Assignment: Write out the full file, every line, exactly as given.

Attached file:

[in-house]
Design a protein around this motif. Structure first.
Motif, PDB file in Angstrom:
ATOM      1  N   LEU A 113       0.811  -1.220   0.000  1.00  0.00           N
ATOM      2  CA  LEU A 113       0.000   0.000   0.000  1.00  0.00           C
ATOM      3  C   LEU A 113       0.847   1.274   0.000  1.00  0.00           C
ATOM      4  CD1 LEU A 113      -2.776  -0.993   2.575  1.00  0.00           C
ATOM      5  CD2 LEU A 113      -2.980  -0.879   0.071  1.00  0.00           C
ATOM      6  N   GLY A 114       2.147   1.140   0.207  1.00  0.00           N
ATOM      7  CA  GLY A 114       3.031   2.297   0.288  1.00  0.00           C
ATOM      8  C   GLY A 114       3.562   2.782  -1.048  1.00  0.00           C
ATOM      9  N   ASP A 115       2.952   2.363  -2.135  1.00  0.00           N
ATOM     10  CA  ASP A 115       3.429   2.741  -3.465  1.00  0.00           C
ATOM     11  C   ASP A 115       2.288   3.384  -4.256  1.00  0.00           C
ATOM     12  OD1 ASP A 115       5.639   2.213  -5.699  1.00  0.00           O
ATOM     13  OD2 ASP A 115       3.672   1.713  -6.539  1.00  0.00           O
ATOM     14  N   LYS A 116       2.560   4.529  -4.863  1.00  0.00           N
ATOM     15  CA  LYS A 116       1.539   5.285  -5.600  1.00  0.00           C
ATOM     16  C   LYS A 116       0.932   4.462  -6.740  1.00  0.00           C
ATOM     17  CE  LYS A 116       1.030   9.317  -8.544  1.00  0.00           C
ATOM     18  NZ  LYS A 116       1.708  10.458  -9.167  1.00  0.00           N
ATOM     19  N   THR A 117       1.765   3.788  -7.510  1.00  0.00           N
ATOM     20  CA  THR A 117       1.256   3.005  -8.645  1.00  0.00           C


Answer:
[in-house]
Design a protein around this motif. Structure first.
Motif, PDB file in Angstrom:
ATOM      1  N   LEU A 113       0.811  -1.220   0.000  1.00  0.00           N
ATOM      2  CA  LEU A 113       0.000   0.000   0.000  1.00  0.00           C
ATOM      3  C   LEU A 113       0.847   1.274   0.000  1.00  0.00           C
ATOM      4  CD1 LEU A 113      -2.776  -0.993   2.575  1.00  0.00           C
ATOM      5  CD2 LEU A 113      -2.980  -0.879   0.071  1.00  0.00           C
ATOM      6  N   GLY A 114       2.147   1.140   0.207  1.00  0.00           N
ATOM      7  CA  GLY A 114       3.031   2.297   0.288  1.00  0.00           C
ATOM      8  C   GLY A 114       3.562   2.782  -1.048  1.00  0.00           C
ATOM      9  N   ASP A 115       2.952   2.363  -2.135  1.00  0.00           N
ATOM     10  CA  ASP A 115       3.429   2.741  -3.465  1.00  0.00           C
ATOM     11  C   ASP A 115       2.288   3.384  -4.256  1.00  0.00           C
ATOM     12  OD1 ASP A 115       5.639   2.213  -5.699  1.00  0.00           O
ATOM     13  OD2 ASP A 115       3.672   1.713  -6.539  1.00  0.00           O
ATOM     14  N   LYS A 116       2.560   4.529  -4.863  1.00  0.00           N
ATOM     15  CA  LYS A 116       1.539   5.285  -5.600  1.00  0.00           C
ATOM     16  C   LYS A 116       0.932   4.462  -6.740  1.00  0.00           C
ATOM     17  CE  LYS A 116       1.030   9.317  -8.544  1.00  0.00           C
ATOM     18  NZ  LYS A 116       1.708  10.458  -9.167  1.00  0.00           N
ATOM     19  N   THR A 117       1.765   3.788  -7.510  1.00  0.00           N
ATOM     20  CA  THR A 117       1.256   3.005  -8.645  1.00  0.00           C